April 10, 2006
THREE DOWN AND ONE CRUMBLING:
Christianity's Unique Intellectual Opportunity (John Warwick Montgomery, March 1995, New Oxford Review)
The 18th century marked the death of special revelation (deistic representatives of the misnamed Age of Reason threw out the Bible's supernatural content, substituted a "God of Nature" for the trinitarian God, and reduced Jesus to an ethical model); the 19th century was characterized by the death of God -- including the deists' God of Nature -- as evolutionary naturalism replaced divine teleology; and the 20th century has displayed the consequential death of Man (slaughtered by his fellows in numbers exceeding the total of all the fallen in all the prior wars of recorded history).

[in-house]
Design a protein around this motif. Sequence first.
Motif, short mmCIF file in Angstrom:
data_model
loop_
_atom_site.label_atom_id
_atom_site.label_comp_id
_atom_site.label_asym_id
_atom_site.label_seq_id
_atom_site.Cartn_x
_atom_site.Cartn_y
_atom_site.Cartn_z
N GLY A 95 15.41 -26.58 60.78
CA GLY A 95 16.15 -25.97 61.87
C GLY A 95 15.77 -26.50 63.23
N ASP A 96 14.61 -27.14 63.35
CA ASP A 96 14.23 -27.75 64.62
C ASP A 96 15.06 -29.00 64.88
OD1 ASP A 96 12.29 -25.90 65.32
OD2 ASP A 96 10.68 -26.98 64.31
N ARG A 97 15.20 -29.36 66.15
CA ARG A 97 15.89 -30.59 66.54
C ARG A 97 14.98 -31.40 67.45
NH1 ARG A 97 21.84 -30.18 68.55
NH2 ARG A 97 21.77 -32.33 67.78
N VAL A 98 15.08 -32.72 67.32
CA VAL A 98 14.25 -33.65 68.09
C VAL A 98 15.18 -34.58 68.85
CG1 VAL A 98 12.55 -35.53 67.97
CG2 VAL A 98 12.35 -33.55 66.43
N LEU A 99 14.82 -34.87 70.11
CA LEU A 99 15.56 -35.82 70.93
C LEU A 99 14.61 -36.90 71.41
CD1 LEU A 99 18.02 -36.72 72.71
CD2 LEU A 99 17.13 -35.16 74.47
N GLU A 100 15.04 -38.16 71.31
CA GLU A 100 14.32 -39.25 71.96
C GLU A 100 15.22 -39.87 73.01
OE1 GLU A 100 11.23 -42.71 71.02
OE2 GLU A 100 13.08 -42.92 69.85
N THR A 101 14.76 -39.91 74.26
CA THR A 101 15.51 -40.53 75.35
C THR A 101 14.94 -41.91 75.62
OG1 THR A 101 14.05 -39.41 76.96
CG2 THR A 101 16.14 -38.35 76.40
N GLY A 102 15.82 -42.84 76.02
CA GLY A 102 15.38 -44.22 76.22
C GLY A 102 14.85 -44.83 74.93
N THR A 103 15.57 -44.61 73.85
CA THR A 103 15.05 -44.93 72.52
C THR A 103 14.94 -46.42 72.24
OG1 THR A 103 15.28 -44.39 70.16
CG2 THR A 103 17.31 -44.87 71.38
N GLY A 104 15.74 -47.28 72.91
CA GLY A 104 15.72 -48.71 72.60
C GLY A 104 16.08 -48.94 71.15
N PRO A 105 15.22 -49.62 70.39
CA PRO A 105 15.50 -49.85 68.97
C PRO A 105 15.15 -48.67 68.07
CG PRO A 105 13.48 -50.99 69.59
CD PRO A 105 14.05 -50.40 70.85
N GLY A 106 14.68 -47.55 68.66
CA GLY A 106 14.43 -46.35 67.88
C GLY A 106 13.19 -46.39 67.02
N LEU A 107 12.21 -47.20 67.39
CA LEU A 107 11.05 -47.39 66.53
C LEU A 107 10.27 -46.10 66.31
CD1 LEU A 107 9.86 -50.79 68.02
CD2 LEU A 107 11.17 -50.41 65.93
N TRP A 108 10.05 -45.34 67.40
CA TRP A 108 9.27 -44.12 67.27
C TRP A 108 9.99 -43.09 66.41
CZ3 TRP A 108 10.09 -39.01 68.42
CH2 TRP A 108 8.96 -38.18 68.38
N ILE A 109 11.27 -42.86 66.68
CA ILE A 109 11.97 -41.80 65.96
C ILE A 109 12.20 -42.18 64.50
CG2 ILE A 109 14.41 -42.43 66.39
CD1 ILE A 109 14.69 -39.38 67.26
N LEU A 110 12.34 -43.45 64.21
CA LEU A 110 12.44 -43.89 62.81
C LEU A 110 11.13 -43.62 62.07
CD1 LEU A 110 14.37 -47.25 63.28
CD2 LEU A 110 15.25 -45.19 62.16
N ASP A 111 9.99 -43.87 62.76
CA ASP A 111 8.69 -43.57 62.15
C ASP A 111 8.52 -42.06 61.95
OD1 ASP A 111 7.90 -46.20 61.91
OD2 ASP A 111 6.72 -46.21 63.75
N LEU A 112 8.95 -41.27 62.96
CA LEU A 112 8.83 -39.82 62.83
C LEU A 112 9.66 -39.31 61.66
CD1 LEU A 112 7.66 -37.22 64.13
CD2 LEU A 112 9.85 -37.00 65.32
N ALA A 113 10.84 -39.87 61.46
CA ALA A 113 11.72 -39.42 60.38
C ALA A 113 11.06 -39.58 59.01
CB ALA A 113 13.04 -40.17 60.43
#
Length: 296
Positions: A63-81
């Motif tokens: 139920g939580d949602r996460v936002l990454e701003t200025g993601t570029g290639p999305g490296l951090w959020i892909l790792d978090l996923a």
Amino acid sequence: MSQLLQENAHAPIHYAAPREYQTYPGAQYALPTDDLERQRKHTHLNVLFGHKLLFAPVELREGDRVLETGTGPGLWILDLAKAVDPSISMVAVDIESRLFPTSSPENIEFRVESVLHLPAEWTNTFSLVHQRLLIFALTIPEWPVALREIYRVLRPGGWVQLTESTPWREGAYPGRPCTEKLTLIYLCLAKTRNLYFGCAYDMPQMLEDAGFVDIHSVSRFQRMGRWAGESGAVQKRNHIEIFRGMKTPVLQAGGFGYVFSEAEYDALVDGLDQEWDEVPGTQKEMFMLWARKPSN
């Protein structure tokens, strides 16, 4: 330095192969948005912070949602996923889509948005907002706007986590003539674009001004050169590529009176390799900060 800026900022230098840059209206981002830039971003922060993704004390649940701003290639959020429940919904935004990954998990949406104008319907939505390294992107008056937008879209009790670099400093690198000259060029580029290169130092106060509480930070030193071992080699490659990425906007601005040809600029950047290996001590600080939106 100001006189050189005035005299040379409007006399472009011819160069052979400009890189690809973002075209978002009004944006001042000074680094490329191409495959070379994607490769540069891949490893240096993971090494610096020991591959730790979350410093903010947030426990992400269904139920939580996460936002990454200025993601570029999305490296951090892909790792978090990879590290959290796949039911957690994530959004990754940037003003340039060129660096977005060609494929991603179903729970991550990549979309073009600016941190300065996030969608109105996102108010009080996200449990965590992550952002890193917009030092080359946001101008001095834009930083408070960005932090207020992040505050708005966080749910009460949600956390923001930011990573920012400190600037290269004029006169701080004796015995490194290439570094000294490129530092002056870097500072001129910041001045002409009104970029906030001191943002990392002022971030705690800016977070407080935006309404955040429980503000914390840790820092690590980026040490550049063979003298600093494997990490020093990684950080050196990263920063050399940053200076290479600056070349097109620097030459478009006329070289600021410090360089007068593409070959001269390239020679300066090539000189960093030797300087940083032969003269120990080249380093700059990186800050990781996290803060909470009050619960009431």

Why has modern man nonetheless remained committed to secularism? Roger Garaudy helps us toward an answer with his aphorism, "Nous tous, nous sommes nés vieux": All of us are born old (i.e., we enter life already weighed down by a heavy load of cultural baggage). For the last century that baggage has consisted especially of the ideas of those Paul Ricoeur has termed the "three modern masters of suspicion": Nietzsche, Marx, and Sigmund Freud, each of whom is now a fallen idol. [...]
And the consequences of all of this? Like the great image in the Book of Daniel, modern secularist thought has been revealed as an idol with clay feet. The crushing burden of modern secular ideology is being lifted from us, like the weight of sin on the back of Bunyan's Pilgrim.
Posted by Orrin Judd at April 10, 2006 7:59 AM